Word that red wine is good for you has been around ever since 60 Minutes famously aired a report on "The French Paradox" in 1991. The CBS television newsmagazine examined the question: How could the French eat all that fatty, egg- and cream-rich food and not suffer the kind of heart disease we Americans do? Regular consumption of red wine was part of the answer, the show declared.
Red wine sales shot up dramatically.
Ever since, scientific studies have emerged linking consumption of red wine with good health and aging. Last November, a study sponsored by the Harvard Medical School and the National Institute on Aging found that adding resveratrol, a compound found in nuts, grapes and red wine, to the diet of aging, overweight mice had a beneficial impact on their health and survival.
"The findings are the first to demonstrate that resveratrol, an activator of a family of enzymes called sirtuins, could affect the health and survival of mammals," the institute said.
OK, so that's good news for overweight mice, but what about the rest of us? The institute notes that much still has to be done to determine resveratrol's safety and effectiveness in humans.
The verdict also is out with the U.S. Department of Agriculture and the American Heart Association. Both institutions point out the health risks of drinking alcohol and urge moderate consumption, if at all. The American Heart Association defines "moderate" as one to two drinks per day for men and one drink per day for women. That drink is defined by the USDA as 4 ounces of wine. Those who don't drink shouldn't be swayed to start by the claim of health benefits, the association said.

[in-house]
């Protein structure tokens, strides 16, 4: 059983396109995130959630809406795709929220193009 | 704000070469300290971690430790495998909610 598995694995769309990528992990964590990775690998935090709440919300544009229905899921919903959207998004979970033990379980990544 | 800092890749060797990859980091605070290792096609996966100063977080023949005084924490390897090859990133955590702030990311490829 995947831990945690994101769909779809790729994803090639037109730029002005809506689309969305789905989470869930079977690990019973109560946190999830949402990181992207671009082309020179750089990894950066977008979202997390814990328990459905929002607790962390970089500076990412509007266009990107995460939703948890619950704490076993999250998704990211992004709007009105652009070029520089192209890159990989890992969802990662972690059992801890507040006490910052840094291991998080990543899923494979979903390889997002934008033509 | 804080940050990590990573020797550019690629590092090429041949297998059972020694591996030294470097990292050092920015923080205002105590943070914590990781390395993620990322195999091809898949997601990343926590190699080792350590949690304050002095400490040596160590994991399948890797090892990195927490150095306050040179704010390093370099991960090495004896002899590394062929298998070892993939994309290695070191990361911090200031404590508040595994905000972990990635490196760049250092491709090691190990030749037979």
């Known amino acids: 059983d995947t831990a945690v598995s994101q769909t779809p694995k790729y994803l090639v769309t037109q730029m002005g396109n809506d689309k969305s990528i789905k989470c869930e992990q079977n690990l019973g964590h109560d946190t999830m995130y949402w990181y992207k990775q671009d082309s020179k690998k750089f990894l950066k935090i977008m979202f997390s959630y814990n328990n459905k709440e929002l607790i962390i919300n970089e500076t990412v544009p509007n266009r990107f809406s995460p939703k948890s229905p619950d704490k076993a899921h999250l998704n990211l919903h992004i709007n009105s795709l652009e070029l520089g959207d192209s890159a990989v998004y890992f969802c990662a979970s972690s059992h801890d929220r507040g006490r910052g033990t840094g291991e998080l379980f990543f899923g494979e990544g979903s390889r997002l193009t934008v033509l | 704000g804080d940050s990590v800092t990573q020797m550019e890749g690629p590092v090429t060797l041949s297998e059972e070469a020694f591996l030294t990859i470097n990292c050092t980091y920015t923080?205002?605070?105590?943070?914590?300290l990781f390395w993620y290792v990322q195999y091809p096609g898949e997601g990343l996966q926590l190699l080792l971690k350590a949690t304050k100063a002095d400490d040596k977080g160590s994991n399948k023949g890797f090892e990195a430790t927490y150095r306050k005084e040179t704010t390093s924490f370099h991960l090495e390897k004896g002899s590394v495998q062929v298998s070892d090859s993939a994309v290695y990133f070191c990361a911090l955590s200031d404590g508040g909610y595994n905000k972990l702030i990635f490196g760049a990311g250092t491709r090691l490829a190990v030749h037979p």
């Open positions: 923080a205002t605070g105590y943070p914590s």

All this is sage advice, but a bounce in red-wine sales was noticed immediately after the mice-study findings were issued.
Red-wine sales grew by 8 percent in just four weeks, according to an ACNielsen report issued in December.
"It certainly appears that the weight of favorable red-wine press, on the heels of the Harvard Medical School report, impacted consumer choice within the wine category," Danny Brager, vice president of client service for ACNielsen's Beverage Alcohol Team, said at the time.
ACNielsen has continued to watch red-wine-sales figures and it's clear from the numbers that the increase was no mere blip on the charts. A recent report shows red-wine sales continue on a "healthy roll."
Red wine trailed white wine in terms of sales growth through last October; then the trend reversed. But couldn't some of that growth be because of the natural shift in taste toward red when the weather gets cold?
Brager said ACNielsen factored in a seasonal shift to red wine by comparing sales figures for the same 16-week period going back a number of years. While red wine's dollar share has grown over this period, which runs through mid-February, every year since 2003, the ACNielsen study found the share jumped from 51.6 percent in 2006 to 52.9 percent in 2007. The increase was only 0.5 percent to 2006 from 2005.
The red-wine drinker also "skews older, and to more affluent communities," according to ACNielsen.
That's not necessarily news to Brager, who said the mainstay of the wine trade, be it red or white, has been older consumers. What ACNielsen is doing is following up on anecdotal evidence that younger people aged 21 to 34 are choosing wine and spirits in lieu of beer.
Increasing red-wine sales are no surprise to Gladys Horiuchi, communication manager for the San Francisco-based Wine Institute, a trade group. While news reports on red wine and health may play a part, she also thinks another element is involved: taste.
"I think the American consumer is simply becoming more sophisticated and knowledgeable about wine," she said. "They may start out with whites and blushes, but as their taste matures, they are probably trying many of the classic wines, many of which happen to be red."
Bill Daley writes for the Chicago Tribune.